The Lords of the North, Paperback
4 out of 5 (2 ratings)


Enter a world where bloody battles, and heroic deeds combine in the historic struggle to unite Britain in the face of a common enemy.

The third instalment in Bernard Cornwell's King Alfred series, follows on from the outstanding previous novels The Last Kingdom and The Pale Horseman.

The year is 878 and the Vikings have been thrown out of Wessex.

Uhtred, fresh from fighting for Alfred in the battle to free Wessex, travels north to seek revenge for his father's death, killed in a bloody raid by Uhtred's old enemy, renegade Danish lord, Kjartan.

While Kjartan lurks in his formidable stronghold of Dunholm, the north is overrun by chaos, rebellion and fear.

Together with a small band of warriors, Uhtred plans his attack on his enemy, revenge fuelling his anger, resolute on bloody retribution.

But, he finds himself betrayed and ends up on a desperate slave voyage to Iceland.

Rescued by a remarkable alliance of old friends and enemies, he and his allies, together with Alfred the Great, are free to fight once more in a battle for power, glory and honour. 'The Lords of the North' is a tale of England's making, a powerful story of betrayal, struggle and romance, set in an England torn apart by turmoil and upheaval.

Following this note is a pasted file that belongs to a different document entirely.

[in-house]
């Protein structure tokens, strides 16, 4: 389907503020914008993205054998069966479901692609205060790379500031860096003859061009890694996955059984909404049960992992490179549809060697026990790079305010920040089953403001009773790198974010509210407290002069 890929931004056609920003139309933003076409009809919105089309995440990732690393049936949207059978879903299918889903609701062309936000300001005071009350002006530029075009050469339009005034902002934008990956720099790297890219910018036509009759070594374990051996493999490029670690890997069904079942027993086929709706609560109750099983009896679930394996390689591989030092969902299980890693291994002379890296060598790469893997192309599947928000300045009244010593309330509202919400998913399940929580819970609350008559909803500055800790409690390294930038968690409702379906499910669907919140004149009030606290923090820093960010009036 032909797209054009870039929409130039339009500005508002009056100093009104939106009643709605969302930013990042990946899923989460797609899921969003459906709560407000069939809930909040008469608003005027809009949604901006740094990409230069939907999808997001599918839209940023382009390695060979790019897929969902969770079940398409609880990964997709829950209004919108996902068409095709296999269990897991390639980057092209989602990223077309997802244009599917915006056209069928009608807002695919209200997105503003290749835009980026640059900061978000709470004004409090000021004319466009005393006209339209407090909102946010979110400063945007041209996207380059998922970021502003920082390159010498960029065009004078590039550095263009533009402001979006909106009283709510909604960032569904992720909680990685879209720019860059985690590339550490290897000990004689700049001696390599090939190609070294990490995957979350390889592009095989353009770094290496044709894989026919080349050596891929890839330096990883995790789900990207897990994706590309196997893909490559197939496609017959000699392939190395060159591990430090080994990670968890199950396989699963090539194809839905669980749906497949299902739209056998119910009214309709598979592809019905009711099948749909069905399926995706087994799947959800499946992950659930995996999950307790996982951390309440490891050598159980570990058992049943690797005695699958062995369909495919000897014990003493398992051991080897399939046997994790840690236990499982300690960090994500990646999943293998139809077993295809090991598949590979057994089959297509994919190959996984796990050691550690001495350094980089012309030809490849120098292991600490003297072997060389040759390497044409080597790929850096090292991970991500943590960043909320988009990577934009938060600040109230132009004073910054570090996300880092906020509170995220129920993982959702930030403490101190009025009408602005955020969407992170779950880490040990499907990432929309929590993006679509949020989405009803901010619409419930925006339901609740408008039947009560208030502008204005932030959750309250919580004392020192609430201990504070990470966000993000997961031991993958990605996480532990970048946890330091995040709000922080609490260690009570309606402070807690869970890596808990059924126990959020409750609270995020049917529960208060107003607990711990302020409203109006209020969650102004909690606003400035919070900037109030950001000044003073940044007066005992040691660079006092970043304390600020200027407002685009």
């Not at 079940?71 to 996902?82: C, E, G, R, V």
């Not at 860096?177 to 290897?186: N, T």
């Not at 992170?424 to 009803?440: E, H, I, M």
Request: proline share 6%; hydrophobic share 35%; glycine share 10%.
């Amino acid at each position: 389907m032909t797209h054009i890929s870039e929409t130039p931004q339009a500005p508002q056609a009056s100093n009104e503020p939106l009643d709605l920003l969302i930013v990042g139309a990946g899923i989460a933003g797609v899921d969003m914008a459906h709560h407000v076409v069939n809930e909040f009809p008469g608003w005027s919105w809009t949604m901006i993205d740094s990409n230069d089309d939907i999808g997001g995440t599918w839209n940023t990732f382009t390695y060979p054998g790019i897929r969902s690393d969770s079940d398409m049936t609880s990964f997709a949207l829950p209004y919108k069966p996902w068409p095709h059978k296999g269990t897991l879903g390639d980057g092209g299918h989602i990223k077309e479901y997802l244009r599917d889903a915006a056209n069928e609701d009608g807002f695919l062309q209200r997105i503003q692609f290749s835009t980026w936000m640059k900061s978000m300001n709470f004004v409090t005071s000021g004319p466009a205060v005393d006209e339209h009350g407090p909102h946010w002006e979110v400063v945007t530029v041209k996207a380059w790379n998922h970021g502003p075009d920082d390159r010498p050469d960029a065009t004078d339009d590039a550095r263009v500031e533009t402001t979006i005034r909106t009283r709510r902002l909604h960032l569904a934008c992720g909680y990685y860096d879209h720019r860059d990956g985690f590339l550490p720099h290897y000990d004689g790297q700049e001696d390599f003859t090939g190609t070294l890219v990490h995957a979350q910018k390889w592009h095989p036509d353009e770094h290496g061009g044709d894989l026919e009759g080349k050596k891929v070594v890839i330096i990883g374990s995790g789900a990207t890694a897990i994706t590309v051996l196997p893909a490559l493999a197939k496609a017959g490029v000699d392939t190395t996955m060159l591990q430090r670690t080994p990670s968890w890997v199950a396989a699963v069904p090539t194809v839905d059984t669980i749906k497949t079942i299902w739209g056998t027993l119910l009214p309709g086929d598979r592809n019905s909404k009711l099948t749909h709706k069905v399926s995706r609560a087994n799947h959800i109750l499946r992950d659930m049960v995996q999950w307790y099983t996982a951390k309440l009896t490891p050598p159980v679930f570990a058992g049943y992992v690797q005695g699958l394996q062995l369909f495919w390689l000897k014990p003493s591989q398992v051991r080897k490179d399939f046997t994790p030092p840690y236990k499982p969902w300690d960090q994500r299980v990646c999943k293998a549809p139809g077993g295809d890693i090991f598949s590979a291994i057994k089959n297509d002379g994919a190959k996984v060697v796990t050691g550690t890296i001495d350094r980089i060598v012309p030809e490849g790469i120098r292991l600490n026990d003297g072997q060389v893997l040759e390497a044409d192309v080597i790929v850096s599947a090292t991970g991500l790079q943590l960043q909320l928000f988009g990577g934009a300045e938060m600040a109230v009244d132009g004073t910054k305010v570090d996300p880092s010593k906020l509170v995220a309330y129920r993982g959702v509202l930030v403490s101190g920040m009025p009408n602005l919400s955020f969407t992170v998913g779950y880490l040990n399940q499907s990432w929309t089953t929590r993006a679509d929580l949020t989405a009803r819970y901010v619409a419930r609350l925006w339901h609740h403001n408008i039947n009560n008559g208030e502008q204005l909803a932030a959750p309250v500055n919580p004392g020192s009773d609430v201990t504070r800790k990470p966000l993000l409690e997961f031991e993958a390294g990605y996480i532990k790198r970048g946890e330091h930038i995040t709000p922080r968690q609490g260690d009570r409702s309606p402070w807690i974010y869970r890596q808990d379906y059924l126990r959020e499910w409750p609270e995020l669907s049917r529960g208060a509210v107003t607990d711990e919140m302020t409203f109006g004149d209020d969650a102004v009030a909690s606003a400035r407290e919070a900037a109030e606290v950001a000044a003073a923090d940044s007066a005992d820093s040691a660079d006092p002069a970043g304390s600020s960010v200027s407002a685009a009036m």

• Format: Paperback
  • Pages: 400 pages, maps
  • Publisher: HarperCollins Publishers
  • Publication Date:
  • Category: Historical fiction
  • ISBN: 9780007219704



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Showing 1 - 2 of 2 reviews.

Review by

More of the same really. The pace moves along quite quickly and this passes the time when one wants a less demanding read. But Uhtred is for me as unsympathetic a character as ever, going around the country slaughtering everyone who stands in his way. The broad historical backdrop and background to Alfred and the Vikings are what keep me reading and what will undoubtedly make me read Sword Song when it comes out in paperback.

Review by

The first Bernard Cornwall book I have read and it was a good one, although this is the third in a series I was able to make sense of what had previously happened. It had a very readable style, which made reading it very quick. I loved the historical details about York and Durham and how he weaved in details about St Cuthbert and holy relics. Enjoyable.

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